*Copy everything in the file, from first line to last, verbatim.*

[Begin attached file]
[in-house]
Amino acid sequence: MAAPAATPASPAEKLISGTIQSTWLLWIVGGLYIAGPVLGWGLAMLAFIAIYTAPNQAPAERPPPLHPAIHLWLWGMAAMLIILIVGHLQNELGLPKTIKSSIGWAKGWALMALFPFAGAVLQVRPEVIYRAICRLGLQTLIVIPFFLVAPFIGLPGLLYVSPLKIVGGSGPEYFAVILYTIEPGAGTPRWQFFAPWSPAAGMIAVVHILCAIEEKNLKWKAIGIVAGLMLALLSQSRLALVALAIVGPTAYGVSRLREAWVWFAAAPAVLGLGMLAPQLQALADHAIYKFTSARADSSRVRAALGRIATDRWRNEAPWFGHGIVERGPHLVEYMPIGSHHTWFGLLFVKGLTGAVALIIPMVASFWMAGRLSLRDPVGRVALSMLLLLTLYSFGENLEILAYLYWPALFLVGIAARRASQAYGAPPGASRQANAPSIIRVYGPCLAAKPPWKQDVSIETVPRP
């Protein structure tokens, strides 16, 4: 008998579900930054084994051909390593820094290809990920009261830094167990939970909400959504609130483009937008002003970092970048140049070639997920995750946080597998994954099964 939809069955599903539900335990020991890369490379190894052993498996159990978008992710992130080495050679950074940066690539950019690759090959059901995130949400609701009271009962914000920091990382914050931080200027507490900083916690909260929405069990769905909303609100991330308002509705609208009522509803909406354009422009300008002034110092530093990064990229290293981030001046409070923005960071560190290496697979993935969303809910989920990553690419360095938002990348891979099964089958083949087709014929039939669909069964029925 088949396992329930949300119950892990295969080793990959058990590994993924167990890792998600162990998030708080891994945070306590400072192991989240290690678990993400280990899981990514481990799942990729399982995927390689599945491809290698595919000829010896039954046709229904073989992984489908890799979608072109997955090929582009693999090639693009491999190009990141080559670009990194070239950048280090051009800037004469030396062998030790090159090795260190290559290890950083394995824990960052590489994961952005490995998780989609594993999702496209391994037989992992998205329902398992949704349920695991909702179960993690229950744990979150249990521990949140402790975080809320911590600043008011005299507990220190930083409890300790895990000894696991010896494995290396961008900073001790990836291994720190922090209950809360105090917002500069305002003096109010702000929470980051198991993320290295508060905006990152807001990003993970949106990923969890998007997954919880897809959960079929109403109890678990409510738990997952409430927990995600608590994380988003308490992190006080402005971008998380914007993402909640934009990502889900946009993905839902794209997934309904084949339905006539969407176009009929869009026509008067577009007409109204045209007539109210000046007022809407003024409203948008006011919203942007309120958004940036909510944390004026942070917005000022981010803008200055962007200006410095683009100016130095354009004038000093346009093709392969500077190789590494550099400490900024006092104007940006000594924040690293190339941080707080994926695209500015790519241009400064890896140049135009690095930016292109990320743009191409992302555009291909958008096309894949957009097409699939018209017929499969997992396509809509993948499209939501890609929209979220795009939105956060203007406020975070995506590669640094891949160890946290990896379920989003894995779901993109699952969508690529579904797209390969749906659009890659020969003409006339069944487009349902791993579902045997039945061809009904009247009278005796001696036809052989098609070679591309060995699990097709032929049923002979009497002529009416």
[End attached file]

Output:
[in-house]
Amino acid sequence: MAAPAATPASPAEKLISGTIQSTWLLWIVGGLYIAGPVLGWGLAMLAFIAIYTAPNQAPAERPPPLHPAIHLWLWGMAAMLIILIVGHLQNELGLPKTIKSSIGWAKGWALMALFPFAGAVLQVRPEVIYRAICRLGLQTLIVIPFFLVAPFIGLPGLLYVSPLKIVGGSGPEYFAVILYTIEPGAGTPRWQFFAPWSPAAGMIAVVHILCAIEEKNLKWKAIGIVAGLMLALLSQSRLALVALAIVGPTAYGVSRLREAWVWFAAAPAVLGLGMLAPQLQALADHAIYKFTSARADSSRVRAALGRIATDRWRNEAPWFGHGIVERGPHLVEYMPIGSHHTWFGLLFVKGLTGAVALIIPMVASFWMAGRLSLRDPVGRVALSMLLLLTLYSFGENLEILAYLYWPALFLVGIAARRASQAYGAPPGASRQANAPSIIRVYGPCLAAKPPWKQDVSIETVPRP
């Protein structure tokens, strides 16, 4: 008998579900930054084994051909390593820094290809990920009261830094167990939970909400959504609130483009937008002003970092970048140049070639997920995750946080597998994954099964 939809069955599903539900335990020991890369490379190894052993498996159990978008992710992130080495050679950074940066690539950019690759090959059901995130949400609701009271009962914000920091990382914050931080200027507490900083916690909260929405069990769905909303609100991330308002509705609208009522509803909406354009422009300008002034110092530093990064990229290293981030001046409070923005960071560190290496697979993935969303809910989920990553690419360095938002990348891979099964089958083949087709014929039939669909069964029925 088949396992329930949300119950892990295969080793990959058990590994993924167990890792998600162990998030708080891994945070306590400072192991989240290690678990993400280990899981990514481990799942990729399982995927390689599945491809290698595919000829010896039954046709229904073989992984489908890799979608072109997955090929582009693999090639693009491999190009990141080559670009990194070239950048280090051009800037004469030396062998030790090159090795260190290559290890950083394995824990960052590489994961952005490995998780989609594993999702496209391994037989992992998205329902398992949704349920695991909702179960993690229950744990979150249990521990949140402790975080809320911590600043008011005299507990220190930083409890300790895990000894696991010896494995290396961008900073001790990836291994720190922090209950809360105090917002500069305002003096109010702000929470980051198991993320290295508060905006990152807001990003993970949106990923969890998007997954919880897809959960079929109403109890678990409510738990997952409430927990995600608590994380988003308490992190006080402005971008998380914007993402909640934009990502889900946009993905839902794209997934309904084949339905006539969407176009009929869009026509008067577009007409109204045209007539109210000046007022809407003024409203948008006011919203942007309120958004940036909510944390004026942070917005000022981010803008200055962007200006410095683009100016130095354009004038000093346009093709392969500077190789590494550099400490900024006092104007940006000594924040690293190339941080707080994926695209500015790519241009400064890896140049135009690095930016292109990320743009191409992302555009291909958008096309894949957009097409699939018209017929499969997992396509809509993948499209939501890609929209979220795009939105956060203007406020975070995506590669640094891949160890946290990896379920989003894995779901993109699952969508690529579904797209390969749906659009890659020969003409006339069944487009349902791993579902045997039945061809009904009247009278005796001696036809052989098609070679591309060995699990097709032929049923002979009497002529009416």